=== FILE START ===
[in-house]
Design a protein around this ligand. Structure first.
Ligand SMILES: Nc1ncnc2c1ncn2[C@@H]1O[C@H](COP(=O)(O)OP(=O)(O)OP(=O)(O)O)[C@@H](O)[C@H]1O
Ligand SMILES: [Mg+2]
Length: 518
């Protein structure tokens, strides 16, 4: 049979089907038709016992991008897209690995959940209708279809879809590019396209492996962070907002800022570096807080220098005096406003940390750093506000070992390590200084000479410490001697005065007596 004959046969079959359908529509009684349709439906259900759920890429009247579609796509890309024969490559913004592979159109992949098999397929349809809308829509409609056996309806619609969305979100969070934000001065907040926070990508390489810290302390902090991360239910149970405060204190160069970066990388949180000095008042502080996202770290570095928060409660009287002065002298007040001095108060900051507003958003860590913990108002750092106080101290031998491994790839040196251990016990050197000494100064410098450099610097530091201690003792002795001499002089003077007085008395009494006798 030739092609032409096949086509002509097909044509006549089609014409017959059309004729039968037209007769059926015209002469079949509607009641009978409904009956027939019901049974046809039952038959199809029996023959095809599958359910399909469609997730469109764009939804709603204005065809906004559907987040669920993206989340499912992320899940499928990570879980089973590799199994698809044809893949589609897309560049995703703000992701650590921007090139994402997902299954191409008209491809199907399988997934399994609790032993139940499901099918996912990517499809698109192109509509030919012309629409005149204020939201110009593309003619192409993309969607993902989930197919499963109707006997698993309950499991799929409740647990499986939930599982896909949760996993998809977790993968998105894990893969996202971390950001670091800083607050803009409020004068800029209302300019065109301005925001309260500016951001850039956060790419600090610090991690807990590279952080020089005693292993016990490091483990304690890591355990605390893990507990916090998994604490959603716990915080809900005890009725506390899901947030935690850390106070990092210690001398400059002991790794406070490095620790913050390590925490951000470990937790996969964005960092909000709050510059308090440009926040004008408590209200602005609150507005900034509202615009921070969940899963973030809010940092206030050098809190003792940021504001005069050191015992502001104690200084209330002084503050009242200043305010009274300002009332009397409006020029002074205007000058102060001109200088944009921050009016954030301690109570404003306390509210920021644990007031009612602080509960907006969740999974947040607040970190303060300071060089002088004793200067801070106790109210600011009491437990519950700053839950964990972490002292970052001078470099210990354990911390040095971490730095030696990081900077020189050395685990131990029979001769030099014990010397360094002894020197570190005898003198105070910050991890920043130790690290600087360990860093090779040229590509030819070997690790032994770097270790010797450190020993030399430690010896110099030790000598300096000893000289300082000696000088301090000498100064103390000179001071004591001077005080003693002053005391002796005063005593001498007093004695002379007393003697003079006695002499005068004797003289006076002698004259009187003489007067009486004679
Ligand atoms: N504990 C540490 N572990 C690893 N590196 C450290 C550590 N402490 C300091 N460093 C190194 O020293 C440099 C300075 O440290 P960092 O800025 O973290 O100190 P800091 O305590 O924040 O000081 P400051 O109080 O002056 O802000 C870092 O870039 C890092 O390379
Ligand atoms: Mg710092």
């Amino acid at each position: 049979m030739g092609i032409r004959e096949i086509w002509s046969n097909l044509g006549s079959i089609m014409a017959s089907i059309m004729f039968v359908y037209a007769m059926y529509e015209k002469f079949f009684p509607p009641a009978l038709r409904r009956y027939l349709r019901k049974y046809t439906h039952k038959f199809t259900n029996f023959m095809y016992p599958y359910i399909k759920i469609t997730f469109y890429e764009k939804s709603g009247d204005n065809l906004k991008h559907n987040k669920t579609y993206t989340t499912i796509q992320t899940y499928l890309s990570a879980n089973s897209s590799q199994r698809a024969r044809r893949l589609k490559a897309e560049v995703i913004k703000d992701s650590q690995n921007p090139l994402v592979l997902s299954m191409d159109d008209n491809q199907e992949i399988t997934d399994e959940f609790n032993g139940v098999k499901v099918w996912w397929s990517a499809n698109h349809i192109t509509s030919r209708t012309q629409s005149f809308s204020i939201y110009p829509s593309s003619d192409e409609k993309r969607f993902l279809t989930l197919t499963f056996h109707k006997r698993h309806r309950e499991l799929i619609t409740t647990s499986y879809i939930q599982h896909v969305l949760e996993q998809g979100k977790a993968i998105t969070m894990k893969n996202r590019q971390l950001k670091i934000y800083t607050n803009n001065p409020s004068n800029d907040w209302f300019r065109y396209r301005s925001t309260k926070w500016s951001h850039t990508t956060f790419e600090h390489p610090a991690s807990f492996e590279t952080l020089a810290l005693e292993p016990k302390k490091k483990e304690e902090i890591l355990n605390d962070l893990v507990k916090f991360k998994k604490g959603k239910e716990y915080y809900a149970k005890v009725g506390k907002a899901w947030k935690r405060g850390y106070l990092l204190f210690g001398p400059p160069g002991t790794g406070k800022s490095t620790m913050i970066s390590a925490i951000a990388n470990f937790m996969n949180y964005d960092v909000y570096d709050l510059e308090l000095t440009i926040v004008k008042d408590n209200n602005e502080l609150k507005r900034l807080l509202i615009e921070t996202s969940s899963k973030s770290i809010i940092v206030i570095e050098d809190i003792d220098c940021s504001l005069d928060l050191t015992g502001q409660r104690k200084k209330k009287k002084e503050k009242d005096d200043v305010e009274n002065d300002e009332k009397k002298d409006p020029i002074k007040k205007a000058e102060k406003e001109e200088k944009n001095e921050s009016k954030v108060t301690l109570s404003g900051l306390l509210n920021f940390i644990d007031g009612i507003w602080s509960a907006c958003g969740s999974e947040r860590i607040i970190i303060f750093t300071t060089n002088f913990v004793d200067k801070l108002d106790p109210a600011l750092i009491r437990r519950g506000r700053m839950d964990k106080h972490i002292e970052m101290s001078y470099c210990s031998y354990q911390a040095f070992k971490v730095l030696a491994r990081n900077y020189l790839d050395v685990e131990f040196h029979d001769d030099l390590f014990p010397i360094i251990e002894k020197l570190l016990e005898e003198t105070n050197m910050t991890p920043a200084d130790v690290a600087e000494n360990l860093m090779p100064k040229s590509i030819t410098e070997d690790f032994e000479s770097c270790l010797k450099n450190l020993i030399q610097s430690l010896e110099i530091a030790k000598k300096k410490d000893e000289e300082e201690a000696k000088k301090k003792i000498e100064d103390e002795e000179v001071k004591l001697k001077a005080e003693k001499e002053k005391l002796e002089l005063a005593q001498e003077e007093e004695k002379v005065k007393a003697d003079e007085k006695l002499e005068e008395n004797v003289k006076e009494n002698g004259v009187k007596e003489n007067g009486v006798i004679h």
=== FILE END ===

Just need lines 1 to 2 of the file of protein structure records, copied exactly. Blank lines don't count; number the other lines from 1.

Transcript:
[in-house]
Design a protein around this ligand. Structure first.